Thursday, March 4, 2010

The Real Debate in D.C. (Part 2)

Last week, we discussed the difference between the Bipartisan Summit and other, less publicized but more comprehensive events, such as the Managed Healthcare Business Forum.

As a follow-up, let's talk about some of the outcomes. There has been a great deal of coverage on the event with elected officials, but none on the other. So, here is first-hand account on some of the key topics discussed:

Health Reform: The discussions were much like what was happening across town. What are the next steps? Where do we go from here? What should we expect from our regulatory bodies and the current administration? The truth is that much is known and yet unknown at this point. It is expected by most that some type of health reform will be developed this year. However, the size, scale and price tag remain a mystery.

Streamlining Cost and Quality of Care: Cost reductions and the management of costs are at the forefront of all discussions. Being creative is essential, thus newer ways to incent (i.e. work with) providers are emerging, such as payment programs and quality metrics to determine performance within their patient base and to their peers. Most would see this as the old standard capitation methodology with a twist. However, when you delve deeper, you can see the potential cost savings and the new horizon for quality metrics reporting, monitoring and performance.

Health and Wellness of the Membership Base / Moving Health and Wellness to the Next Level: Health and wellness of our membership continues to be a key to any solution worth implementing, and therefore new ways to carve out components of our membership and incent them to actively participate in wellness campaigns is on the horizon more so now than ever before. There are two basic reasons:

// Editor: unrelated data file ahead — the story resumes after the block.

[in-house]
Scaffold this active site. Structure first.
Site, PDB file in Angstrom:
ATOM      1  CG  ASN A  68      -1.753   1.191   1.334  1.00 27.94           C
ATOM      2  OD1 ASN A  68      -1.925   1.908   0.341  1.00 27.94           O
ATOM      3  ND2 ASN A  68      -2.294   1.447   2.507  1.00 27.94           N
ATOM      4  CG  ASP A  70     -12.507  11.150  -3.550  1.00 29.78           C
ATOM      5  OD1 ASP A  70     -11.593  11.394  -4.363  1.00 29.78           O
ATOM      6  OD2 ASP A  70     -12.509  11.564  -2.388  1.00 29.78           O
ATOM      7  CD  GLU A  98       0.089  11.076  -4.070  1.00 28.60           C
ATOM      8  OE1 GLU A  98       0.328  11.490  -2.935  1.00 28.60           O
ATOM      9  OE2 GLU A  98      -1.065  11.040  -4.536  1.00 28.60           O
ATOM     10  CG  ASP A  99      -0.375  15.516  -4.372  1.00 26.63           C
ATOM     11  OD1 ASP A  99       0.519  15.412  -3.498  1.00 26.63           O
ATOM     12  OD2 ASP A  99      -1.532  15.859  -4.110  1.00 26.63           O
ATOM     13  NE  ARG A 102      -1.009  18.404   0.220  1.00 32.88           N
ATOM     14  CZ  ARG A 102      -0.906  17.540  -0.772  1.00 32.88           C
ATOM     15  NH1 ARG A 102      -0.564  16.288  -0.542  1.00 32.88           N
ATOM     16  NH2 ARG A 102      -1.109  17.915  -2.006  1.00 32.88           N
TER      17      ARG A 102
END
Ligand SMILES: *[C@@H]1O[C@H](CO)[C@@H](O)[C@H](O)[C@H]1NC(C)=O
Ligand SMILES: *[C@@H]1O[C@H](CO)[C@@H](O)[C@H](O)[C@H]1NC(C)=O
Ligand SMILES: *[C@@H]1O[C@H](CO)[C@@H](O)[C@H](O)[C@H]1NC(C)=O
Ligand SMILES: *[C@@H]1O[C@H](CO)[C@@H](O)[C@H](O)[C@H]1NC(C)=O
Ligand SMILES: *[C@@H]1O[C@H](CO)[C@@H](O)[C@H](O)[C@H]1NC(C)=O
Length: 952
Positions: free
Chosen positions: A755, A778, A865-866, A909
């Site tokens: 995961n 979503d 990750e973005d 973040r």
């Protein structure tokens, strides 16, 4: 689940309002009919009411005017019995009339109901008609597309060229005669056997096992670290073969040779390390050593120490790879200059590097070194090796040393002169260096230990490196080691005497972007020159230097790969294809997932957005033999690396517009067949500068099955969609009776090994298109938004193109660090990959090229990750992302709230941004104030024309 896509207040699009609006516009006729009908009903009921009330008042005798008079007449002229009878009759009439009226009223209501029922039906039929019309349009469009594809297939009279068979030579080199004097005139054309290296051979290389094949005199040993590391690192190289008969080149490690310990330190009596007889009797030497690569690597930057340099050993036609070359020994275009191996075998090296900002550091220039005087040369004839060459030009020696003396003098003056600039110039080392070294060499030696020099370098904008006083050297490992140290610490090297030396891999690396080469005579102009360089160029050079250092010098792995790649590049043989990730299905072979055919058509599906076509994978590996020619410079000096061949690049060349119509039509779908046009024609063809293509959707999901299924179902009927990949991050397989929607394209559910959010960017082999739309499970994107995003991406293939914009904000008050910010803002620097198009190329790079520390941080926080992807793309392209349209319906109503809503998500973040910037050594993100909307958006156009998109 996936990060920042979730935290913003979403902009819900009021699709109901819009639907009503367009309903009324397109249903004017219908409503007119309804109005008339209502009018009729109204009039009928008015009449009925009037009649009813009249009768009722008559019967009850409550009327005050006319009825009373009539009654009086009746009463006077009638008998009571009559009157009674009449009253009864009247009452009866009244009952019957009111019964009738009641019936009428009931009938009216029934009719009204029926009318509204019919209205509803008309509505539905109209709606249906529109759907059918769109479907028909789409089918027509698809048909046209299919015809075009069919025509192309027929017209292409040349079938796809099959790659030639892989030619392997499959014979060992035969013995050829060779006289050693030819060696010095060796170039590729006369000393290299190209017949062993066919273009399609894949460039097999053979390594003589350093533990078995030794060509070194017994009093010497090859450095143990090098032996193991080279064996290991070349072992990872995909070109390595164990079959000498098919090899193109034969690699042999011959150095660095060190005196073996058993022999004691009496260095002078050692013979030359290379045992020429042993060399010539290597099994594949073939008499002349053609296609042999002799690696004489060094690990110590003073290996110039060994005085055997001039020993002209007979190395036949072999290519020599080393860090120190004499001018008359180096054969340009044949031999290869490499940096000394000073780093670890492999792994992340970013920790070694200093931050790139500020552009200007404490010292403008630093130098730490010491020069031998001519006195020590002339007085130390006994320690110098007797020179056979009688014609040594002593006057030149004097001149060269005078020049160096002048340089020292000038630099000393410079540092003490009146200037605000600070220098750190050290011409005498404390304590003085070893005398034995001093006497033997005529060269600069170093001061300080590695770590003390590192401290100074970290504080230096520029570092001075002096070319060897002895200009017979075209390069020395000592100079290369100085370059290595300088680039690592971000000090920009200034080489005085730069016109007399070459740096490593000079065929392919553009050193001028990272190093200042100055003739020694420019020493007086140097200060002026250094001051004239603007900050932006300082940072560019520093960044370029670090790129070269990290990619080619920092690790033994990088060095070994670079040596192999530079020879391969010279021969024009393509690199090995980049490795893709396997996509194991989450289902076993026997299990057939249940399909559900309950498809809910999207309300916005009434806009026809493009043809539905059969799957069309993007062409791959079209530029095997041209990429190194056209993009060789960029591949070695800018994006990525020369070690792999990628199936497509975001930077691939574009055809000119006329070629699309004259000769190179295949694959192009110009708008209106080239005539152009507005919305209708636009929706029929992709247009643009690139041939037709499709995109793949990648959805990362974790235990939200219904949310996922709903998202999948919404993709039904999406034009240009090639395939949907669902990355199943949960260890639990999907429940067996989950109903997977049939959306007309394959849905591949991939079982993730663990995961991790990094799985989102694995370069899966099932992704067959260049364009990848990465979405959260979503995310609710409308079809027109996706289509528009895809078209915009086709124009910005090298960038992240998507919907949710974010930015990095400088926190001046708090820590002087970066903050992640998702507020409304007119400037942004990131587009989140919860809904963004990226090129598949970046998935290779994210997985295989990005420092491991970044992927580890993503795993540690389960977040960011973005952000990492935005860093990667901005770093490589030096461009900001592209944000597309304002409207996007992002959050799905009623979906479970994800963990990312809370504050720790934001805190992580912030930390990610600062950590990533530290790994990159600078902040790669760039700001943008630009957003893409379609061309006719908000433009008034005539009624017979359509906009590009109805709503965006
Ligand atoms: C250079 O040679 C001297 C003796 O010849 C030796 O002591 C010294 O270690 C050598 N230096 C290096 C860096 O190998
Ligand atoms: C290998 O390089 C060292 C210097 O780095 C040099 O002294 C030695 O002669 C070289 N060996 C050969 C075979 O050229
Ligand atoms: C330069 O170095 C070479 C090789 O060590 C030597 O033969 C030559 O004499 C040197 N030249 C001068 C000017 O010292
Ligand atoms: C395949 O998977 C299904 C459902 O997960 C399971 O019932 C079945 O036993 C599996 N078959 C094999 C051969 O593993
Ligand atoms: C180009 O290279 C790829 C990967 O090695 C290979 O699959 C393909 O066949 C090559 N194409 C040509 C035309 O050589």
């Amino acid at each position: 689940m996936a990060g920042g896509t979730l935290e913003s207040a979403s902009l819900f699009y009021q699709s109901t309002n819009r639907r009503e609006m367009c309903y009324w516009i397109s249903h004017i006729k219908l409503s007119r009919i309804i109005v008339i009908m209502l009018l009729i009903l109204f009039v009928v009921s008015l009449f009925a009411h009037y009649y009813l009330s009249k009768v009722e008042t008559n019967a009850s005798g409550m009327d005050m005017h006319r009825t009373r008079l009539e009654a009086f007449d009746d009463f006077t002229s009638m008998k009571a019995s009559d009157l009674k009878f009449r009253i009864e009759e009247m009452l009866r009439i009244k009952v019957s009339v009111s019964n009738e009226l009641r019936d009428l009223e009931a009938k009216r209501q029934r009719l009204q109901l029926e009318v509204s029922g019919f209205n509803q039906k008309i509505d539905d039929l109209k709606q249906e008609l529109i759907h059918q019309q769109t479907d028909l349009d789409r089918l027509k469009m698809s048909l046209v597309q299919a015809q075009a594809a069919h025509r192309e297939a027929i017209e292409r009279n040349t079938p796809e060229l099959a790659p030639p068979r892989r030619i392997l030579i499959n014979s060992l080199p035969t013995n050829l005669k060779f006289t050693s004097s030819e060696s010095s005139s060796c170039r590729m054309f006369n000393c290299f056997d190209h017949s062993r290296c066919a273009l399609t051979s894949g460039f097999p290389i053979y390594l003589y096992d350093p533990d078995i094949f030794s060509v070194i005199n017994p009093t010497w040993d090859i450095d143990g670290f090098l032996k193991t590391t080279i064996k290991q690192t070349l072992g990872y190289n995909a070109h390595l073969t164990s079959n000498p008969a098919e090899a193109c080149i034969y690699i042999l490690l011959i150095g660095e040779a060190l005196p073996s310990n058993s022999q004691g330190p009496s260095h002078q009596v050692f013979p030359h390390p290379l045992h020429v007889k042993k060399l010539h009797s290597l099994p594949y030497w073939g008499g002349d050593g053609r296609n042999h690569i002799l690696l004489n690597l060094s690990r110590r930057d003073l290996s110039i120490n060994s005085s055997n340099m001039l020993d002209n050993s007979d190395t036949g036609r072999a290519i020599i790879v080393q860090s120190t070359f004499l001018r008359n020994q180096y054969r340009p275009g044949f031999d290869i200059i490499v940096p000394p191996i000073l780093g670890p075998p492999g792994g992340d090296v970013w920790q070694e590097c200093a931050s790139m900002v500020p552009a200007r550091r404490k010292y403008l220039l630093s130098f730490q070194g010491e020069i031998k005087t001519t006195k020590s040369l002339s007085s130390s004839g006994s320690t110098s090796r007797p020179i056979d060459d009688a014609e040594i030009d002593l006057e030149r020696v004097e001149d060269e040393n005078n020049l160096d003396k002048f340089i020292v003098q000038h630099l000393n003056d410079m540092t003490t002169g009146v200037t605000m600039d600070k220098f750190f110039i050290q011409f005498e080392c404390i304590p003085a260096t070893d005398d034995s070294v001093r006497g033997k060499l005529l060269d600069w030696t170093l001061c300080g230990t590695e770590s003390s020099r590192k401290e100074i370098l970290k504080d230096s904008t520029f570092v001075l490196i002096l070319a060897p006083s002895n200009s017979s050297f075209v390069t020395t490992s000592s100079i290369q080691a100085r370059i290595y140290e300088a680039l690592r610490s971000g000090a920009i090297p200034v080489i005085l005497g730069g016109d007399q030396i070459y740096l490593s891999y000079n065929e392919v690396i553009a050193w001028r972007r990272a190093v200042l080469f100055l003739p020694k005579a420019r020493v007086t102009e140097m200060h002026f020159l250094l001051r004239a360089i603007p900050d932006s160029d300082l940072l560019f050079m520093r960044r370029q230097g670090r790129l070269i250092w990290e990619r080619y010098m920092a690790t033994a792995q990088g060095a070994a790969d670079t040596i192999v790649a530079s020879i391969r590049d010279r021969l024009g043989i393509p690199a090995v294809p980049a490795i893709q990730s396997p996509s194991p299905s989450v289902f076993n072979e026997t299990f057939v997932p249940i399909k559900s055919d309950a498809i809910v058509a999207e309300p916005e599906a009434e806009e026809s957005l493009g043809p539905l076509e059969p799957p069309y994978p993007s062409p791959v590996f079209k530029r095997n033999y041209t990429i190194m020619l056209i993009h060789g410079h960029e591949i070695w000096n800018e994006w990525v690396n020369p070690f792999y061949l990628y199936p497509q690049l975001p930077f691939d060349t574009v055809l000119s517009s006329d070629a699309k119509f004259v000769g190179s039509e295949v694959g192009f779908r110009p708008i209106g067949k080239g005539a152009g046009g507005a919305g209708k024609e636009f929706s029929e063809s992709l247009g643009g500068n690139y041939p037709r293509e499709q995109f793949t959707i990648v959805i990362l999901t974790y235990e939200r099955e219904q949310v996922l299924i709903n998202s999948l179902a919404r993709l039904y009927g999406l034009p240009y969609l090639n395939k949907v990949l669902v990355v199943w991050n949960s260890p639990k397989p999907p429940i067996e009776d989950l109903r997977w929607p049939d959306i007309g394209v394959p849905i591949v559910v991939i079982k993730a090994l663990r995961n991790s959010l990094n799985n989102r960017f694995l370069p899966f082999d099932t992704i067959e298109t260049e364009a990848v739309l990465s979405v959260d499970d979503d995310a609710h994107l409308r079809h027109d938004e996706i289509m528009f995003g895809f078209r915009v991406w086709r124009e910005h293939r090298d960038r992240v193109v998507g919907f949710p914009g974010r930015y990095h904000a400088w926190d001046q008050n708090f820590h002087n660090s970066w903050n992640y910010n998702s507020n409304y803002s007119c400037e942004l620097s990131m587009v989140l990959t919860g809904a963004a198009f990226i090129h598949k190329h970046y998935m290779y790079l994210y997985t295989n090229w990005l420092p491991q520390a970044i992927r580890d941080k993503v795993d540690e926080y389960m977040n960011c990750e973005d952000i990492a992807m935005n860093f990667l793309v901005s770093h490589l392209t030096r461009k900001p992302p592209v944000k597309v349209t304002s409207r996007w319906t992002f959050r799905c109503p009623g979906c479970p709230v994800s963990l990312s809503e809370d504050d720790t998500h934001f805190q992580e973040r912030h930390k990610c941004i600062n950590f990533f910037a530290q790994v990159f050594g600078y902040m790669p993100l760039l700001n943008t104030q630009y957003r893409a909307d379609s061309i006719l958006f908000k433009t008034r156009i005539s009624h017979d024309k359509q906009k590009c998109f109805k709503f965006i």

1. To enhance/improve a members overall quality of life.
  2. To streamline/enhance cost savings.
Examples of ways to accomplish this were discussed, including how to develop customized, well-rounded plans that would allow individuals to potentially lower their premium costs if utilized. So, if a member had diabetes, they would be in a plan specifically designed for them with tailored programs to facilitate education, wellness, and healthy lifestyle habits that would not only benefit them, but in a small way, help the industry become more efficient.

Service: This concept continues to be a major separator in the playing field. While price and benefits continue to be the top components, service is a close second. With a competitive price in the market place, service will be the key component that separates plans. Members are looking for "first call resolution" (as opposed to be being transferred multiple times) and a one-stop shop for answers. Those that can perfect (or come closest to) a model in which a single phone number can result in a live body that can handle all their needs will have a leg-up on competitors.

The event provided all that attended with an abundance of information, with the added benefit of zero television cameras, so ideas could be shared without 'post-event wrap-up commentary.' The next step is the hardest, though. We need to take these ideas and philosophies back to our respective corners of the world and turn them into solutions.


Pam Argeris is a thought leader in the Healthcare Industry and possesses extensive, hands-on experience with CMS compliance, and multiple regulatory bodies such as NCQA, JACHO, and DOI. In her role at Merrill Corp., Pam focuses on developing solutions for compliance and quality assurance, delivered in a cost effective manner to improve beneficiary and prospect communications. You can contact Pam at

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